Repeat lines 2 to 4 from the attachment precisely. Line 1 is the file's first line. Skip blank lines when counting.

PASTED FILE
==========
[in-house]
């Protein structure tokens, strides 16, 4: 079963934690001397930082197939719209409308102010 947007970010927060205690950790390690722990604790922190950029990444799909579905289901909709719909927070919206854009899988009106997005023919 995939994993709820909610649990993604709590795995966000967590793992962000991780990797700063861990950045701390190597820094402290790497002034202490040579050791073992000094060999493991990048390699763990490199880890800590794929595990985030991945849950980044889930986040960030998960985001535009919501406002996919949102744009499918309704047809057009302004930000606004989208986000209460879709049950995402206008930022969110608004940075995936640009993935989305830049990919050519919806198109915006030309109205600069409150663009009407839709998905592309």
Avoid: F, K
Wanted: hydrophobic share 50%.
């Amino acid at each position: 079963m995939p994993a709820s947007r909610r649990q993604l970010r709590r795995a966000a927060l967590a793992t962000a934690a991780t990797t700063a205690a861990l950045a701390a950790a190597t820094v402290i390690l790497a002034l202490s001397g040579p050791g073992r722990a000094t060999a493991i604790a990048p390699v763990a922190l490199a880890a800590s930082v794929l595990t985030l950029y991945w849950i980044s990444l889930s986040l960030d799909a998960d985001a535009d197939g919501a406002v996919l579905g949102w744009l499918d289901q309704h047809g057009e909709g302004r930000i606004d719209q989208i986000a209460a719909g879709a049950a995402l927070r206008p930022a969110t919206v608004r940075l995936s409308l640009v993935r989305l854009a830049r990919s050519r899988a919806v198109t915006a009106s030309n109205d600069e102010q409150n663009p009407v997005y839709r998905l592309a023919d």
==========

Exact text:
């Protein structure tokens, strides 16, 4: 079963934690001397930082197939719209409308102010 947007970010927060205690950790390690722990604790922190950029990444799909579905289901909709719909927070919206854009899988009106997005023919 995939994993709820909610649990993604709590795995966000967590793992962000991780990797700063861990950045701390190597820094402290790497002034202490040579050791073992000094060999493991990048390699763990490199880890800590794929595990985030991945849950980044889930986040960030998960985001535009919501406002996919949102744009499918309704047809057009302004930000606004989208986000209460879709049950995402206008930022969110608004940075995936640009993935989305830049990919050519919806198109915006030309109205600069409150663009009407839709998905592309």
Avoid: F, K
Wanted: hydrophobic share 50%.